Top stories A Nobel for hungry cells a CRISPR patent battle and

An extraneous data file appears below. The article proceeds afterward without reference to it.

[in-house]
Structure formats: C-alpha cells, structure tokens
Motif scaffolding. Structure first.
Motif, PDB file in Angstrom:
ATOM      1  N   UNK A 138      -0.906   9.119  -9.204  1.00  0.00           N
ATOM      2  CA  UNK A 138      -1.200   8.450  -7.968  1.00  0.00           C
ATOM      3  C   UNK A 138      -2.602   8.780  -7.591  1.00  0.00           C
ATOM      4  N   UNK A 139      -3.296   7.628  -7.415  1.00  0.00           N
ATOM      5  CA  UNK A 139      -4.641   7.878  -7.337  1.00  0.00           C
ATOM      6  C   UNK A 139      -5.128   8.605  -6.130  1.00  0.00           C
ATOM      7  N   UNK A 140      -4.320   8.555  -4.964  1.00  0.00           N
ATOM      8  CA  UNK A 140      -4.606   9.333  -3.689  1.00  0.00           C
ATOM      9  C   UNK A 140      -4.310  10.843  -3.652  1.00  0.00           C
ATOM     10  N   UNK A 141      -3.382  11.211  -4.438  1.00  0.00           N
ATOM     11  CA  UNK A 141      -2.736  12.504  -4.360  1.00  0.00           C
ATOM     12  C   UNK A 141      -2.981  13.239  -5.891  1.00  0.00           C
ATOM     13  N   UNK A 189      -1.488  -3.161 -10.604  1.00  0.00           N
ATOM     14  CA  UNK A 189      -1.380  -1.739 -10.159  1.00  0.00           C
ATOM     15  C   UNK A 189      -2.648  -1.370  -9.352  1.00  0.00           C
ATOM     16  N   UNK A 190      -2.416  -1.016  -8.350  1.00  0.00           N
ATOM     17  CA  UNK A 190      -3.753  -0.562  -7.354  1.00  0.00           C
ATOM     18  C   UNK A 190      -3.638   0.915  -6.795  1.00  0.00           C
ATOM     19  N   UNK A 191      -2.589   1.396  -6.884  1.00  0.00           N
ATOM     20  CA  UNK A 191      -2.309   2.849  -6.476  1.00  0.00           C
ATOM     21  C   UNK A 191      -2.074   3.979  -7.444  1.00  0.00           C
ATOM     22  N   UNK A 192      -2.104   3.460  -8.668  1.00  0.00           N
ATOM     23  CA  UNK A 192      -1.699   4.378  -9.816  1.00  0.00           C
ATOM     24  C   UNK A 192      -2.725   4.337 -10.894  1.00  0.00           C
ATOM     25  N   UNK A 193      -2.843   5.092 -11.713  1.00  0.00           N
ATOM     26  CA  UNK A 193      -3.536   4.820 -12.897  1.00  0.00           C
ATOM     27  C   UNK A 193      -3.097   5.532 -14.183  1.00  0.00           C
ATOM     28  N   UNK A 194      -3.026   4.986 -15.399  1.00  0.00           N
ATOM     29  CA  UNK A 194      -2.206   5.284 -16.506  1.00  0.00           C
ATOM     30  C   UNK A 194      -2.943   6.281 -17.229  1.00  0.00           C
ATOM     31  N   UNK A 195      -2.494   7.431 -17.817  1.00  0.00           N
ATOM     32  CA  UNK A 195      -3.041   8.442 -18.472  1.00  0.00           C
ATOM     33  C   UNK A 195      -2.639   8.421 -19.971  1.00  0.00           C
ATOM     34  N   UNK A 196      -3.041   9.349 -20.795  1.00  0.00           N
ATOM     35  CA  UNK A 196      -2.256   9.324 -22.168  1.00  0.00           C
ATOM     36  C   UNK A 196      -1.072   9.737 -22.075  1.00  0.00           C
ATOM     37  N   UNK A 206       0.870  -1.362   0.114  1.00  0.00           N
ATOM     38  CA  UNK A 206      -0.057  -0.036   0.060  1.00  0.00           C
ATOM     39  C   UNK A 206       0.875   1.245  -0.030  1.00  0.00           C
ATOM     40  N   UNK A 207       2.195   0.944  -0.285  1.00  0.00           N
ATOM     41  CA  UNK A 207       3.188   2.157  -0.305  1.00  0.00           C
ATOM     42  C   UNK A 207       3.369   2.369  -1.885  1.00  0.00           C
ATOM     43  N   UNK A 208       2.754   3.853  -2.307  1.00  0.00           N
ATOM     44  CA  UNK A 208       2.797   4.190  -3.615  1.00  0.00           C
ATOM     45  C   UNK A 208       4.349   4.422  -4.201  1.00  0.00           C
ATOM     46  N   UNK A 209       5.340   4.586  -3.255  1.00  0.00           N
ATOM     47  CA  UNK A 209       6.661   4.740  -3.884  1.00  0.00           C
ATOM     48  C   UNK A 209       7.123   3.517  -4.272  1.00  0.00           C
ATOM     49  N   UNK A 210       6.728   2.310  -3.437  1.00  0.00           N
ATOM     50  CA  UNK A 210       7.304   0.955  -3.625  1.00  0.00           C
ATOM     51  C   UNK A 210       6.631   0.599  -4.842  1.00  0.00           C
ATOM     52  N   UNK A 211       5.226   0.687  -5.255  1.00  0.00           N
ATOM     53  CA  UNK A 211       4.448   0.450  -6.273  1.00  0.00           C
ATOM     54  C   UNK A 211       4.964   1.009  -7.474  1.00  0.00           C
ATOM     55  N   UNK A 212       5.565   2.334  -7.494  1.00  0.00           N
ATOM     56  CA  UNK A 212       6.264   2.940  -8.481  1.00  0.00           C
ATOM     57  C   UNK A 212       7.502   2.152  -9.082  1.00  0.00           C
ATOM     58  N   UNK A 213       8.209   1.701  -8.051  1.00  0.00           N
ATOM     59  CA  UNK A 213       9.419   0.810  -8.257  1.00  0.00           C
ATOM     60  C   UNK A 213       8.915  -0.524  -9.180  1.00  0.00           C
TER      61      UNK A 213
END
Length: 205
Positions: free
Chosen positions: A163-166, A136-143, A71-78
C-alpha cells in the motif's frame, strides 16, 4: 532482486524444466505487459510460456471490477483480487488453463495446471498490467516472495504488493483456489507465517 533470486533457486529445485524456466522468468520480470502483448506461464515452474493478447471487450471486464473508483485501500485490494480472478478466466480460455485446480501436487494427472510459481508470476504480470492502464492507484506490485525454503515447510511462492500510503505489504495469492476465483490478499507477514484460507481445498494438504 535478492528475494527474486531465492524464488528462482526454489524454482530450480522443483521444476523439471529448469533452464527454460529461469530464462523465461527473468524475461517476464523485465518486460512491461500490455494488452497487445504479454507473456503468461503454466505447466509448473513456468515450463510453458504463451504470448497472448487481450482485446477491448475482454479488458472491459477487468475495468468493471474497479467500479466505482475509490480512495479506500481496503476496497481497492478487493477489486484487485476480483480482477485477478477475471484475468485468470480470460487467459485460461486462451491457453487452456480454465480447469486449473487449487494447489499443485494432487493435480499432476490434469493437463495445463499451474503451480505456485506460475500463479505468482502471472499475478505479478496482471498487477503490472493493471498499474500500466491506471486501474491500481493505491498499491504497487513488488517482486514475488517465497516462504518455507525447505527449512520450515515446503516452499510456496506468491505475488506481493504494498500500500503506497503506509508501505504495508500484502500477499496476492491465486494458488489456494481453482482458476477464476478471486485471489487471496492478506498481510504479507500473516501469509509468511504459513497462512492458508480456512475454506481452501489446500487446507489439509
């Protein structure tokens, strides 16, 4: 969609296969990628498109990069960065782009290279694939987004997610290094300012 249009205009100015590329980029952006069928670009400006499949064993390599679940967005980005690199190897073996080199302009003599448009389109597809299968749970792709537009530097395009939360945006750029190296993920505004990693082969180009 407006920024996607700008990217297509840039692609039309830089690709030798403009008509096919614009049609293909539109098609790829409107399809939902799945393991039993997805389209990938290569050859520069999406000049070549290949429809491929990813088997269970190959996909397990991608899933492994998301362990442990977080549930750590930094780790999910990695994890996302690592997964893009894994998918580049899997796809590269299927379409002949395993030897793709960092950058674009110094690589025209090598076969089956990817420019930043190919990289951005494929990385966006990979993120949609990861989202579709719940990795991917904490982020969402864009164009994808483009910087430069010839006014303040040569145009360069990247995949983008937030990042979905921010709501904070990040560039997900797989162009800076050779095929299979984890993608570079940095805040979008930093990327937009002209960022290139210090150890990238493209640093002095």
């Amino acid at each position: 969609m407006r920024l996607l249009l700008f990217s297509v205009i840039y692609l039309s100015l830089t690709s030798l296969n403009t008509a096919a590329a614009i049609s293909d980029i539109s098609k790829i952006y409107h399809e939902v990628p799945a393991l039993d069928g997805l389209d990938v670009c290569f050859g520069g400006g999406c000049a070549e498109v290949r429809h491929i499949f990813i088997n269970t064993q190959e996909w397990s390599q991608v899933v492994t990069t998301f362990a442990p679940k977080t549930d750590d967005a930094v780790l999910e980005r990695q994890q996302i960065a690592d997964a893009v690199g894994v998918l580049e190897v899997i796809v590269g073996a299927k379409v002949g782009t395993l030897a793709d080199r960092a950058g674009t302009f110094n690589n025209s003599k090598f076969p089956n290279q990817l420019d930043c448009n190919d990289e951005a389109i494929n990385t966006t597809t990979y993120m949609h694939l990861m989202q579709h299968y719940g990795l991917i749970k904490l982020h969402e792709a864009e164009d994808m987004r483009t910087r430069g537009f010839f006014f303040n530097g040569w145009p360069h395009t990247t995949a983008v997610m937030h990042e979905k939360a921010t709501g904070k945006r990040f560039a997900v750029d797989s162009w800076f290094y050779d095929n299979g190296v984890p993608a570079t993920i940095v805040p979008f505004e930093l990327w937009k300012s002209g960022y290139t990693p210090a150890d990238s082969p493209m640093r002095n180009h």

first_img Country * Afghanistan Aland Islands Albania Algeria Andorra Angola Anguilla Antarctica Antigua and Barbuda Argentina Armenia Aruba Australia Austria Azerbaijan Bahamas Bahrain Bangladesh Barbados Belarus Belgium Belize Benin Bermuda Bhutan Bolivia, Plurinational State of Bonaire, Sint Eustatius and Saba Bosnia and Herzegovina Botswana Bouvet Island Brazil British Indian Ocean Territory Brunei Darussalam Bulgaria Burkina Faso Burundi Cambodia Cameroon Canada Cape Verde Cayman Islands Central African Republic Chad Chile China Christmas Island Cocos (Keeling) Islands Colombia Comoros Congo Congo, the Democratic Republic of the Cook Islands Costa Rica Cote d’Ivoire Croatia Cuba Curaçao Cyprus Czech Republic Denmark Djibouti Dominica Dominican Republic Ecuador Egypt El Salvador Equatorial Guinea Eritrea Estonia Ethiopia Falkland Islands (Malvinas) Faroe Islands Fiji Finland France French Guiana French Polynesia French Southern Territories Gabon Gambia Georgia Germany Ghana Gibraltar Greece Greenland Grenada Guadeloupe Guatemala Guernsey Guinea Guinea-Bissau Guyana Haiti Heard Island and McDonald Islands Holy See (Vatican City State) Honduras Hungary Iceland India Indonesia Iran, Islamic Republic of Iraq Ireland Isle of Man Israel Italy Jamaica Japan Jersey Jordan Kazakhstan Kenya Kiribati Korea, Democratic People’s Republic of Korea, Republic of Kuwait Kyrgyzstan Lao People’s Democratic Republic Latvia Lebanon Lesotho Liberia Libyan Arab Jamahiriya Liechtenstein Lithuania Luxembourg Macao Macedonia, the former Yugoslav Republic of Madagascar Malawi Malaysia Maldives Mali Malta Martinique Mauritania Mauritius Mayotte Mexico Moldova, Republic of Monaco Mongolia Montenegro Montserrat Morocco Mozambique Myanmar Namibia Nauru Nepal Netherlands New Caledonia New Zealand Nicaragua Niger Nigeria Niue Norfolk Island Norway Oman Pakistan Palestine Panama Papua New Guinea Paraguay Peru Philippines Pitcairn Poland Portugal Qatar Reunion Romania Russian Federation Rwanda Saint Barthélemy Saint Helena, Ascension and Tristan da Cunha Saint Kitts and Nevis Saint Lucia Saint Martin (French part) Saint Pierre and Miquelon Saint Vincent and the Grenadines Samoa San Marino Sao Tome and Principe Saudi Arabia Senegal Serbia Seychelles Sierra Leone Singapore Sint Maarten (Dutch part) Slovakia Slovenia Solomon Islands Somalia South Africa South Georgia and the South Sandwich Islands South Sudan Spain Sri Lanka Sudan Suriname Svalbard and Jan Mayen Swaziland Sweden Switzerland Syrian Arab Republic Taiwan Tajikistan Tanzania, United Republic of Thailand Timor-Leste Togo Tokelau Tonga Trinidad and Tobago Tunisia Turkey Turkmenistan Turks and Caicos Islands Tuvalu Uganda Ukraine United Arab Emirates United Kingdom United States Uruguay Uzbekistan Vanuatu Venezuela, Bolivarian Republic of Vietnam Virgin Islands, British Wallis and Futuna Western Sahara Yemen Zambia Zimbabwe Email The p53 protein sounds the alarm to kill cells with DNA damage, preventing them from becoming cancerous. Of the nearly 1.7 million people diagnosed with cancer each year in the United States alone, about half have mutated versions of p53. But it has been nearly impossible to get a good look at the protein in action. Now, one computational biologist is using supercomputers to view the quivering activity of millions of p53 atoms as they wrap themselves around DNA strands, an essential part of the cellular destruction dance. Some simulations are also revealing something else: a fingerhold for a potential cancer-treating drug.Dramatic twists could upend patent battle over CRISPR genome-editing methodThe 9-month-old patent battle over CRISPR, a novel genome-editing tool that could have immense commercial value, has taken two surprising twists. Last week, attorneys for the Broad Institute in Cambridge, Massachusetts, one of the research organizations vying for CRISPR rights, submitted motions that could let it win even if it loses. And this week, a new player in the drama, a French biopharmaceutical company called Cellectis, may have made the whole fight moot, revealing it has just been issued patents that it says broadly cover genome-editing methods, including CRISPR.The bigger your brain, the longer you yawnScientists still don’t agree on why we yawn or where it came from. So in a new study, scientists watched YouTube videos of 29 different yawning mammals, including mice, kittens, foxes, hedgehogs, walruses, elephants, and humans. (Here is a particularly cute montage used in the study.) They discovered a pattern: Small-brained animals with fewer neurons in the wrinkly outer layer of the brain, called the cortex, had shorter yawns than large-brained animals with more cortical neurons. The study lends support to a long-held hypothesis that yawning has an important physiological effect, such as increasing blood flow to the brain and cooling it down.‘Game-changing’ study suggests first Polynesians voyaged all the way from East AsiaIt was only 3000 years ago that humans first set foot on Fiji and other isolated islands of the Pacific, having sailed across thousands of kilometers of ocean. Yet the identity of these intrepid seafarers has been lost to time. They left a trail of distinctive red pottery but few other clues, and scientists have confronted two different scenarios: The explorers were either farmers who sailed directly from mainland East Asia to the remote islands, or people who mixed with hunter-gatherers they met along the way in Melanesia, including Papua New Guinea. Now, the first genome-wide study of ancient DNA from prehistoric Polynesians has boosted the first idea: that these ancient mariners were East Asians who swept out into the Pacific.Now that you’ve got the scoop on this week’s hottest Science news, come back Monday to test your smarts on our weekly quiz! Sign up for our daily newsletter Get more great content like this delivered right to you! Countrycenter_img Nobel honors discoveries on how cells eat themselvesThis year’s Nobel Prize in Physiology or Medicine has been awarded to Yoshinori Ohsumi, a cell biologist at the Tokyo Institute of Technology’s Frontier Research Center, for his work on autophagy, the process in which cells degrade and recycle cellular components. Understanding autophagy is key to unlocking treatments for diseases like cancer, diabetes, and Huntington disease.This protein is mutated in half of all cancers. New drugs aim to fix it before it’s too late Click to view the privacy policy. 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